And what would have happened if he had so opted and on the subsequent video review the decision was “no penalty”? Would that not make a mockery of the review? And where would play restart?

Better to leave the referee to it and restrict any such interventions to times when the ball is dead.

Such reviews are all very well in the case of Rugby, League or Union, where stoppages can be relatively common. Football is a much more fluid game, not so amenable to interruption.

The Humber Bridge, Leaving Hull

The Humber Bridge from King George Dock, Hull:-

Humber Bridge from Hull

The exit from King George Dock is through a sea lock. A very tight squeeze! Looking directly down the ship’s side:-

Tight Squeeze

Other side of ship. Only centimetres of water between ship and lock side:-

Tight Squeeze 2

The sea lock:-

Hull sea lock 1

Lock emptying:-

Hull sea lock 2

Nearly at level:-

Hull sea lock 3

Finally moving off:-

Hull sea lock 4

Humber Bridge from Humber Estuary:-

Humber Bridge from Humber Estuary

I never did see the KCom stadium but on the way out of the Humber I spotted the very distinctive Grimsby Dock Tower (picture from Wikipedia):-

Grimsby Dock Tower

Some way beyond it were the four floodlight pylons of what looked very like a football ground which I assume must have been Blundell Park, home of Grimsby Town FC, though it seems the ground is actually in Cleethorpes.

Hull

For our trip to Belgium and the Netherlands we took the ferry from Hull across to Zeebrugge.

At Hull we got onto the ship, examined the cabin, no room to have a cat never mind swing one, then went up on deck.

Hull was surprisingly green but with some industry too.

Over the dockside rooftops I spotted what I thought might be a football ground with what appeared to be the word KCom on a stand. Was it the KCom stadium, the home of Hull City AFC (and Hull FC, one of the city’s two big Rugby League clubs) I wondered? But it looked too small.

It turns out that it was KCom I had spotted but it was KCom Craven Park, the home of the other Rugby League club, Hull Kingston Rovers.

KCom Craven Park

KCom Craven Park 2

In this zoom shot the end S of “Rovers” can be seen on the far stand’s seats.

KCom Craven Park 3

Some modern architecture in Hull:-

Building, Hull

More Modern Avilés

Street in Avilés, cinema to right:-

Street in Avilés

More streets:-

Street Scene Avilés

Avilés Street

Modern Street, Avilés

The last above was just off a town square. On the opposite side of the square was a stadium, the Estadio Municipal Román Suárez Puerta, home of Real Avilés C F, now in the fourth tier of Spanish football but which has cahieved the dizzy heights of Tier 2 for a total of 13 seasons, but not since 1992, which was also the season they progressed their furthest ever in the Copa del Rey, Round 5:-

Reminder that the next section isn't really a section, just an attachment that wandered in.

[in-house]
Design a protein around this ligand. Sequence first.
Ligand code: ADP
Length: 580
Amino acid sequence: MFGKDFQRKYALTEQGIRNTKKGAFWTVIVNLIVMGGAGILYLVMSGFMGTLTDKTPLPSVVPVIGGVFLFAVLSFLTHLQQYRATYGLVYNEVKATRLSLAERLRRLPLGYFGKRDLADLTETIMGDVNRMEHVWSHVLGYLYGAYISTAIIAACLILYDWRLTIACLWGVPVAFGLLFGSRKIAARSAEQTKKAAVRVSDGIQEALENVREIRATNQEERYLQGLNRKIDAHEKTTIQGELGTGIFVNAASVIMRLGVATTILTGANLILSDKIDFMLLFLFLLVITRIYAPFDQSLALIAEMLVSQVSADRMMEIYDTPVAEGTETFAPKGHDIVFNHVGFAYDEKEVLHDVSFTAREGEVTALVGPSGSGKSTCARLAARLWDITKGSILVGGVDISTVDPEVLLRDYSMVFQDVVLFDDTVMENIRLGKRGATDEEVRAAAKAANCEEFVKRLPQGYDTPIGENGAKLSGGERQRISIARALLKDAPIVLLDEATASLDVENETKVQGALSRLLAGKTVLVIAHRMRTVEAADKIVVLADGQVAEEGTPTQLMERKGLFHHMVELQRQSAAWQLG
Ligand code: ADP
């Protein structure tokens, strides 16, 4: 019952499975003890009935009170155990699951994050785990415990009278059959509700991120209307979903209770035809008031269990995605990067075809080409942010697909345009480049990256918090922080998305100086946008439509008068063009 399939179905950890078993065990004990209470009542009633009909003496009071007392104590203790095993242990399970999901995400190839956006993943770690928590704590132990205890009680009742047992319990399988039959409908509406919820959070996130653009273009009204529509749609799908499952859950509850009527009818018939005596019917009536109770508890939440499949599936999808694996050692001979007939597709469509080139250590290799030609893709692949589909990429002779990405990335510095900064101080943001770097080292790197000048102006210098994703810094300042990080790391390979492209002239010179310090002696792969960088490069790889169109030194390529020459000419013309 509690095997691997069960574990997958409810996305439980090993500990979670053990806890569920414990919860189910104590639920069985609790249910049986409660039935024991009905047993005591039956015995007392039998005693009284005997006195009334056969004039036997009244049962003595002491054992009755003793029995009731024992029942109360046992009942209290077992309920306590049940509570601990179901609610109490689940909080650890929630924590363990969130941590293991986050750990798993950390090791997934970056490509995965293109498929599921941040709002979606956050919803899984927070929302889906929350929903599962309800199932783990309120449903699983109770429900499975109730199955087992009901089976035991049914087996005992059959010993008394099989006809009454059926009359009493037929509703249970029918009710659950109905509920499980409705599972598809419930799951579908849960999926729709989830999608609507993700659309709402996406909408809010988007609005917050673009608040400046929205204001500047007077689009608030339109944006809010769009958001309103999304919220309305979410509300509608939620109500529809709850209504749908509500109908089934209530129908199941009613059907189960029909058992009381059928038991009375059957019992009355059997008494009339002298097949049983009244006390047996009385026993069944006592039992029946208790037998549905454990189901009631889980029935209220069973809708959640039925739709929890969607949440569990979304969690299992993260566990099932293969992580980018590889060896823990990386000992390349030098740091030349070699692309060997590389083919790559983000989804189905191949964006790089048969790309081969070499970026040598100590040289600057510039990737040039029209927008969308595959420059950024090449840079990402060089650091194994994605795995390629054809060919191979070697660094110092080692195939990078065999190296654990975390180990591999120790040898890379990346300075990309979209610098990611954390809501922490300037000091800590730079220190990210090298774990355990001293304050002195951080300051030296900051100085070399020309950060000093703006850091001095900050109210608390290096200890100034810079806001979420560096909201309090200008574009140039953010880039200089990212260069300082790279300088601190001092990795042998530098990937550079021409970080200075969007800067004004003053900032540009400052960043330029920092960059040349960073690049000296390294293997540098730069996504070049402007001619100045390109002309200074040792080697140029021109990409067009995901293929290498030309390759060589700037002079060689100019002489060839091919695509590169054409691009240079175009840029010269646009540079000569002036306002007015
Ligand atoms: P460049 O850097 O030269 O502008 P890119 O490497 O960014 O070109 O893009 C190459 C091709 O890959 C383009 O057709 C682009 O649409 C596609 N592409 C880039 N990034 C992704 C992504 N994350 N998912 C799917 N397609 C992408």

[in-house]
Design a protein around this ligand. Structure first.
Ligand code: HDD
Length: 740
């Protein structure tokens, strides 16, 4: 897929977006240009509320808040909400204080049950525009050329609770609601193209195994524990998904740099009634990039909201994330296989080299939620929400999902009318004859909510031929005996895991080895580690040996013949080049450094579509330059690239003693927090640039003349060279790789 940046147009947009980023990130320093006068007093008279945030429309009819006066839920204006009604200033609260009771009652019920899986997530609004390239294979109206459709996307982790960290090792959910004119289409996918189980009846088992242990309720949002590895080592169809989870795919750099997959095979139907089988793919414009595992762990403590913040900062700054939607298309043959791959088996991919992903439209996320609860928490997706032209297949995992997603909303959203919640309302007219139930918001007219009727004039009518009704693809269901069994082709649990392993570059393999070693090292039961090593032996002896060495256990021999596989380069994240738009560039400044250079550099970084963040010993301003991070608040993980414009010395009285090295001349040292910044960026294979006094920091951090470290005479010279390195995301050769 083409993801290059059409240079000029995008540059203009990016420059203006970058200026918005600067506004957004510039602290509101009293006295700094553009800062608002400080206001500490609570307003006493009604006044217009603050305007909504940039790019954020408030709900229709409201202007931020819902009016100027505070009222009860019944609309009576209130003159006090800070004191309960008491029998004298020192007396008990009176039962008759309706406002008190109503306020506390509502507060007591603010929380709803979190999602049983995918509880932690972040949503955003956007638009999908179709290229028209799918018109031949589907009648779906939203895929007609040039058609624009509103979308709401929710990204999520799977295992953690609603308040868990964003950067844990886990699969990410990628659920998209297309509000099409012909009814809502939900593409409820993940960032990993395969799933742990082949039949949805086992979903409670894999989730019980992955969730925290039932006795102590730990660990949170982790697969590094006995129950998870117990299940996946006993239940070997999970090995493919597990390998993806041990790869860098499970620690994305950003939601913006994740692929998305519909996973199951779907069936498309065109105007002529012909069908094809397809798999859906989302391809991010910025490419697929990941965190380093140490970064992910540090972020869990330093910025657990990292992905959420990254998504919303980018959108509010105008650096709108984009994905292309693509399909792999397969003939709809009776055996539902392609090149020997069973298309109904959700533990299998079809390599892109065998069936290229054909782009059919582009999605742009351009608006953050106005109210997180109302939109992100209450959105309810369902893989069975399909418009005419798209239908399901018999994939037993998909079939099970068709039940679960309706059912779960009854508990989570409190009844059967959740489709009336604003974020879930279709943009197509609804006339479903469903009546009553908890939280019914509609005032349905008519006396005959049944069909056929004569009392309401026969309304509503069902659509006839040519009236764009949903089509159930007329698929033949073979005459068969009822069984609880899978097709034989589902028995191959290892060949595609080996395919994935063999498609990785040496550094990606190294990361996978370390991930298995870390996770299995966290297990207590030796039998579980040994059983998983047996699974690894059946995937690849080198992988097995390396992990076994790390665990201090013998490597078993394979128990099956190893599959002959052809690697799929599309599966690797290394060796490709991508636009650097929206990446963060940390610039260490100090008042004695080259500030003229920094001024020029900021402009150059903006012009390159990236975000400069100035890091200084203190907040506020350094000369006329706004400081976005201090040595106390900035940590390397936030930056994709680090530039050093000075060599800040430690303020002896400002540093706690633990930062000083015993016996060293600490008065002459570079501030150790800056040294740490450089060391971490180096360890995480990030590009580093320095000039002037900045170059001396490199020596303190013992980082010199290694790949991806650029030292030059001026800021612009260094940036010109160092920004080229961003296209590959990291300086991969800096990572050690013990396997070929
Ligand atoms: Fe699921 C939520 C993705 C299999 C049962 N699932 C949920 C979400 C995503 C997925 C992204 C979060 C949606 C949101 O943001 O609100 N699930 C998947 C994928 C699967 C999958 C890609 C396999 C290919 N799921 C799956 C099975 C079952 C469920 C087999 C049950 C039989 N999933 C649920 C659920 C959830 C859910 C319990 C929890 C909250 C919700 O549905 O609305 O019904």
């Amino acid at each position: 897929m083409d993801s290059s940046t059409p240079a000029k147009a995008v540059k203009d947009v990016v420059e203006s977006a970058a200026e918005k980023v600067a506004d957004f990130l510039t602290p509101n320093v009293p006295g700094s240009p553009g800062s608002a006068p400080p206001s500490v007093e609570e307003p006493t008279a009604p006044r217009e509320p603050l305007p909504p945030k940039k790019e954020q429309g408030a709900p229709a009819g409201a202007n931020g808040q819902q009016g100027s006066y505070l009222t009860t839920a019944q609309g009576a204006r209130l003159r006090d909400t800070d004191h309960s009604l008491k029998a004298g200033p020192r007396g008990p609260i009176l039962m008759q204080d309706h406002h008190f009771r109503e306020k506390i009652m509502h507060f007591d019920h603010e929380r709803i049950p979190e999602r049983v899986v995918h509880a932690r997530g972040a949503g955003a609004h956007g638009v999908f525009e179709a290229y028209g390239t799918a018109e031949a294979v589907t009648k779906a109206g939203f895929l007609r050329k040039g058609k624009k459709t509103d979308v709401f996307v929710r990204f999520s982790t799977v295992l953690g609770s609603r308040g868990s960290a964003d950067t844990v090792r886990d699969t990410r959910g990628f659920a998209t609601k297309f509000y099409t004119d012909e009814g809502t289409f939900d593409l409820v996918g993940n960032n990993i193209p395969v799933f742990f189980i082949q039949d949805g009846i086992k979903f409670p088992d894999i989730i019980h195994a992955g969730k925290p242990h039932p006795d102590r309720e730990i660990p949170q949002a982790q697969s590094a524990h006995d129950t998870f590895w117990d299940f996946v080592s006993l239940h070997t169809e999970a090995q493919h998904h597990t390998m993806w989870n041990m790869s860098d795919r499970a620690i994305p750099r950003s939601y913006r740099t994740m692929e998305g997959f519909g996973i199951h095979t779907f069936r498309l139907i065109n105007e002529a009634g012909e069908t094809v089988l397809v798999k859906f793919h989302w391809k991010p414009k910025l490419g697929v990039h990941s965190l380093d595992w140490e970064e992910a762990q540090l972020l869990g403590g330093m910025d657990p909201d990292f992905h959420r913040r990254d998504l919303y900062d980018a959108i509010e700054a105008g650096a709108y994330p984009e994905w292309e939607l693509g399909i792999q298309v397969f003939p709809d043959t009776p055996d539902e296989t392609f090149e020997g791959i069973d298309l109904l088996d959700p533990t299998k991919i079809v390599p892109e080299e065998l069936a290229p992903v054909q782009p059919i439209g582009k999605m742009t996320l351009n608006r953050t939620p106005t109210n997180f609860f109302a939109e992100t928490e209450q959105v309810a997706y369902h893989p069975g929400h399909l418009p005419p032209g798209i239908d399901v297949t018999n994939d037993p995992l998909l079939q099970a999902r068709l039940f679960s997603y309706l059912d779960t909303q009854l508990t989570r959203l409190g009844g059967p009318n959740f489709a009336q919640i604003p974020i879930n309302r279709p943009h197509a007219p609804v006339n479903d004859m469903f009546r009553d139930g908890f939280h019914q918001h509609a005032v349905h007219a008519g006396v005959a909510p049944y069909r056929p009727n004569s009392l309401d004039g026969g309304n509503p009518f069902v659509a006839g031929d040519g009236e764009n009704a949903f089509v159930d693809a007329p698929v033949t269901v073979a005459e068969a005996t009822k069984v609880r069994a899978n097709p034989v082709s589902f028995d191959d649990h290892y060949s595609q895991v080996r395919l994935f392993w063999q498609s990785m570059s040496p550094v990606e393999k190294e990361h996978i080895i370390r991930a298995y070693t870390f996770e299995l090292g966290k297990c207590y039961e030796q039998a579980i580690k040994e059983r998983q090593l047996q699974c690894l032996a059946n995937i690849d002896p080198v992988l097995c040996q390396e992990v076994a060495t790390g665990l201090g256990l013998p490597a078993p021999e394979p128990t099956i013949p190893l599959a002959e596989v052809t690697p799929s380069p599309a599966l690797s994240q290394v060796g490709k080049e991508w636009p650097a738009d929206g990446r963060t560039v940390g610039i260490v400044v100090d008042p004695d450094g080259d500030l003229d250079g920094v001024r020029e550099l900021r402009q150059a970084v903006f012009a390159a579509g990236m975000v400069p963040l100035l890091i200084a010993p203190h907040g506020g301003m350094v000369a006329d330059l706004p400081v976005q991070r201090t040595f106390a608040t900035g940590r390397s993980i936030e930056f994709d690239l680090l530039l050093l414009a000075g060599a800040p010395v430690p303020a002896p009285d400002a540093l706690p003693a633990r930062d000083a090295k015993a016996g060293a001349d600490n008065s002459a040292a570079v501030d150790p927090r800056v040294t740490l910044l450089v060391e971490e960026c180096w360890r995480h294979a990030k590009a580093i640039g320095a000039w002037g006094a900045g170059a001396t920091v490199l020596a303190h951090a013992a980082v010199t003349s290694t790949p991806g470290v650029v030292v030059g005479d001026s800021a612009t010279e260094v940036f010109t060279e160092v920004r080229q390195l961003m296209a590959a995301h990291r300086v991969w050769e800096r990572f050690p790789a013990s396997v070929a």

Estadio Municipal Roman Suarez Puerta, Avilés

A sign on the stand’s gable end says El Quirinal which I thought at the time was the stadium’s name but is in fact the street’s:-

Estadio Municipal Roman Suarez Puerta, Avilés

From (pedestrianised) square:-

Estadio Municipal Roman Suarez Puerta, Avilés

Tommy Gemmell

One of the Scottish footballing giants of my youth, Tommy Gemmell, has died.

Famous for that goal for Celtic in the 1967 European Cup Final which immortalised not only Jock Stein (as Bill Shankly said about the team’s manager) but the entire 11 as Lisbon Lions. It’s impossible to imagine a team composed of 11 players all born within thirty miles of their home stadium achieving anything similar these days. As it was nothing any of them did after that could ever surpass it.

Celtic did reach the European Cup Final again in 1970 and again Gemmell scored but Celtic lost that one in extra time.

Here’s some colour footage of the 1967 game along with interviews with the players from many years later:-

Thomas “Tommy” Gemmell: 16/10/1943 – 2/3/2017. So it goes.

San Mamés Stadium, Bilbao

Home of Athletic Club, commonly known as Athletic Bilbao.

Through coach windows hence blurry:-

San Mamés Stadium, Bilbao

Stadium with crane in foreground:-

San Mamés Stadium and Crane

Ría del Nervión O de Bilbao, Telefonica tower to left, San Mamés Stadium behind it:-

Bilbao panorama

San Mamés Stadium:-

San Mamés Stadium, Bilbao

Edited to add:- I meant to say the stadium looks a bit like a spaceship has plonked itself down in the middle of the city.

You can find images of the San Mamés here.

Stade du Moustoir, Lorient

Lorient Town Square, Theatre and Stadium. The stadium (rear of photo) is home to Lorient FC (see photos of the stadium here.) Lorient Theatre is to the right. If you squint you can just about see the fountain in my previous post by the right middle here.

Lorient FC is at present in France’s top division Ligue 1. But they’re not doing very well. They’re bottom as of 27/1/2017:-

Lorient Town Square, Theatre and Stadium

Stadium from south southeast:-

Stade du Moustoir, Lorient

Stadium from east southeast:-

Stade du Moustoir, Lorient